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Harper v. Morgan

IN THE UNITED STATES DISTRICT COURT FOR THE EASTERN DISTRICT OF CALIFORNIA


June 15, 2009

DANIEL HARPER, PLAINTIFF,
v.
K. MORGAN, DEFENDANT.

The opinion of the court was delivered by: Gregory G. Hollows United States Magistrate Judge

ORDER

Plaintiff is a state prisoner proceeding pro se with a civil rights action pursuant to 42 U.S.C. § 1983. On January 26, 2009, the court dismissed the amended complaint with leave to amend. Pending before the court is the second amended complaint filed May 19, 2009. For the following reasons, this action is dismissed.

The only named defendant is Correctional Officer Morgan. Plaintiff alleges that on January 21, 2008, defendant Morgan searched his cell. After searching the cell, defendant Morgan determined that plaintiff could not have his television because it had been altered by a piece of string used to hold up the speaker. Defendant Morgan told plaintiff that he could either send the television home or donate it. Plaintiff told defendant that he wanted to send it home. Defendant Morgan then prepared the paperwork to have the television sent to plaintiff's grandmother.

Approximately two weeks later, plaintiff's grandmother told plaintiff that him that she had not received the television. Plaintiff then asked defendant Morgan what happened to the television. Defendant Morgan told plaintiff that he should ask Receiving and Release because that is where he brought the television.

Plaintiff alleges that defendant Morgan's failure to make sure that his television was sent to his grandmother violated his constitutional rights.

The United States Supreme Court has held that "an unauthorized intentional deprivation of property by a state employee does not constitute a violation of the procedural requirements of the Due Process Clause of the Fourteenth Amendment if a meaningful post-deprivation remedy for the loss is available." Hudson v. Palmer, 468 U.S. 517, 533 (1984). Thus, where the state provides a meaningful post-deprivation remedy, only authorized, intentional deprivations constitute actionable violations of the Due Process Clause. An authorized deprivation is one carried out pursuant to established state procedures, regulations, or statutes. Piatt v. McDougall, 773 F.2d 1032, 1036 (9th Cir. 1985); see also Knudson v. City of Ellensburg, 832 F.2d 1142, 1149 (9th Cir. 1987). The California Legislature has provided a remedy for tort claims against public officials in the California Government Code, §§ 900, et seq.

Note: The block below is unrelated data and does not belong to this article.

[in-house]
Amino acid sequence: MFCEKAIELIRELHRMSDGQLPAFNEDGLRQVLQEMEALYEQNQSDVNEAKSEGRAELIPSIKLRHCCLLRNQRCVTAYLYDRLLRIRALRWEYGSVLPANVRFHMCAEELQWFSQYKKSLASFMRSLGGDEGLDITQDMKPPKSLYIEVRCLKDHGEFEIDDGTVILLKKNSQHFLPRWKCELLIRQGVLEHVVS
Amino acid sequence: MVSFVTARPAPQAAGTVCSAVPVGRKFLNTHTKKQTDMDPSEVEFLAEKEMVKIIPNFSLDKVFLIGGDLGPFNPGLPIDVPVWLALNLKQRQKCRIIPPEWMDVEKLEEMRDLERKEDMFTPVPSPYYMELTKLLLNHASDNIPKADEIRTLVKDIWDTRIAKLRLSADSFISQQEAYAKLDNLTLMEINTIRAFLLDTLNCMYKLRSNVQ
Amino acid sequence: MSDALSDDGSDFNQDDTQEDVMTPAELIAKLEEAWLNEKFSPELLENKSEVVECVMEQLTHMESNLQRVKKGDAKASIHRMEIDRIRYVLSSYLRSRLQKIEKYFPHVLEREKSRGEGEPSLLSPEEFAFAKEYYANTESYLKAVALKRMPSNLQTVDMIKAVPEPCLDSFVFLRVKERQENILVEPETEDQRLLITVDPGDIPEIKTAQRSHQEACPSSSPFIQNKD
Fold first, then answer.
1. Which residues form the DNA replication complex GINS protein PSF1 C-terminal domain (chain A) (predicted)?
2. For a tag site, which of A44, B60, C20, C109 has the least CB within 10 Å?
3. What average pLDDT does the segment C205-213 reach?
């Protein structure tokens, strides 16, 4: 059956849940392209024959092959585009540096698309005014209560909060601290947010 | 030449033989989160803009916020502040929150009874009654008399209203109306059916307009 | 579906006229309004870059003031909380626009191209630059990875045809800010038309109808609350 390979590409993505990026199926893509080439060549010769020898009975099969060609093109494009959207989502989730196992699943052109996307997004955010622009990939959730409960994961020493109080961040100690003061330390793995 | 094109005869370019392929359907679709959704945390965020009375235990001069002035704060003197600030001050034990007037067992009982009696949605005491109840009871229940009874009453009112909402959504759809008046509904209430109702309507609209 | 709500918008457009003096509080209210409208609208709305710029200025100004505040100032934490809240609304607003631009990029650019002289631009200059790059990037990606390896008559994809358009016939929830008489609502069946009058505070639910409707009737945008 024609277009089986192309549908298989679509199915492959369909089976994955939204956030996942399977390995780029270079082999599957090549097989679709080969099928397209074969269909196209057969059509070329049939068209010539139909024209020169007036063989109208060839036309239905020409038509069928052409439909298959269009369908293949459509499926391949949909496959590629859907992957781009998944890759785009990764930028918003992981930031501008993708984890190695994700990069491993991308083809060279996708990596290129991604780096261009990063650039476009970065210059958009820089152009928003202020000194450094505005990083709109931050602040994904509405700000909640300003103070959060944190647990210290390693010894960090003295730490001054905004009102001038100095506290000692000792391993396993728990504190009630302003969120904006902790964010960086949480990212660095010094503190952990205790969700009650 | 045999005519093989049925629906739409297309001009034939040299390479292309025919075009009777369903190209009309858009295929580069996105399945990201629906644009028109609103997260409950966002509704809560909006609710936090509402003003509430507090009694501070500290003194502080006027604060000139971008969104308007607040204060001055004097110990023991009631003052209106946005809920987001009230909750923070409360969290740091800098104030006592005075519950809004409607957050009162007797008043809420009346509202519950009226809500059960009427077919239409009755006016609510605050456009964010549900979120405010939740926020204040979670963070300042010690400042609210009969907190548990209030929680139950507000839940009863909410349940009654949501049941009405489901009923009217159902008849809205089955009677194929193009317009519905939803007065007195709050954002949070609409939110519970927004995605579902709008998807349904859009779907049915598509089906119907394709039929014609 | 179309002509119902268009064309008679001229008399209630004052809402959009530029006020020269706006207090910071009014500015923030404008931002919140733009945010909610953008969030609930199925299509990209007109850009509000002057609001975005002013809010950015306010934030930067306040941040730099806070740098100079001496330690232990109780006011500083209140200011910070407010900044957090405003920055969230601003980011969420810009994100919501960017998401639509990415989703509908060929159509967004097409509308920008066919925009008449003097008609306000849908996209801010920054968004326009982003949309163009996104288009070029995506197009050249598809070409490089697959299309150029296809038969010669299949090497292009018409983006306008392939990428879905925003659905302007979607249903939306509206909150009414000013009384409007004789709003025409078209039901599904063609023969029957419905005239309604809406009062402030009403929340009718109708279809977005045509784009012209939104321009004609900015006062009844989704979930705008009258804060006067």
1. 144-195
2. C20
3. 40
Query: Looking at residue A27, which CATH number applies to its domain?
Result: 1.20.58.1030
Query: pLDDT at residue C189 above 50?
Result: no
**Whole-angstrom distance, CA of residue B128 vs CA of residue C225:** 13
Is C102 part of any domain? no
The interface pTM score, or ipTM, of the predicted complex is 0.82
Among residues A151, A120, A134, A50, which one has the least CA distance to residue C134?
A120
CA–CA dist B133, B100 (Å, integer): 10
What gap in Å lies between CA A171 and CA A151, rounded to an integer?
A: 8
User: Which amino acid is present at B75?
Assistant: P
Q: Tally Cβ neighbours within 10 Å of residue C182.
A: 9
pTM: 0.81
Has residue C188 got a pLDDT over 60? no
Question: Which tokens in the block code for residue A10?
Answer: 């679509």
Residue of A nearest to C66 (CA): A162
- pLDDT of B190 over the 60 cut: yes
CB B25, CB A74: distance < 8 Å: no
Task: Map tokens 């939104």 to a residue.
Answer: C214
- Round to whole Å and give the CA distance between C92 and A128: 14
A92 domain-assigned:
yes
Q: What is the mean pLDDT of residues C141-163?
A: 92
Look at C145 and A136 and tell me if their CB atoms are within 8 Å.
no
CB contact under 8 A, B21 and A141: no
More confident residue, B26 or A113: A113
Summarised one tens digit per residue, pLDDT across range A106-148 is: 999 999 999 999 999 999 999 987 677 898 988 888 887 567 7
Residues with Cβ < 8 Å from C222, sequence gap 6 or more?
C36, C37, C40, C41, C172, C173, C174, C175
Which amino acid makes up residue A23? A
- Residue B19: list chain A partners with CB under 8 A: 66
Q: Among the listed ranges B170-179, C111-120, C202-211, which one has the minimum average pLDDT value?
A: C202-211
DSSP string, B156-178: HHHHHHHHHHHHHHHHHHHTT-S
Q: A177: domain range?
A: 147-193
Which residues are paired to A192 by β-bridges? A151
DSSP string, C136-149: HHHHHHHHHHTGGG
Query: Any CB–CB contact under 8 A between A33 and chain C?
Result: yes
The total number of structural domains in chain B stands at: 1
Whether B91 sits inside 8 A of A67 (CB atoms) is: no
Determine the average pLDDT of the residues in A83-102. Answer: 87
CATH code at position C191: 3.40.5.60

In the instant case, plaintiff has not alleged any facts suggesting that the deprivation was intentional. At best, plaintiff's claims suggest that defendant Morgan acted negligently. Because plaintiff has not stated a colorable claim, this action is dismissed. See Daniels v. Williams, 474 U.S. 327, 330-31, 106 S.Ct. 662 (1986) (plaintiff must plead more than mere negligence in a 42 U.S.C. § 1983 action).

Accordingly, IT IS HEREBY ORDERED that this action is dismissed.

20090615

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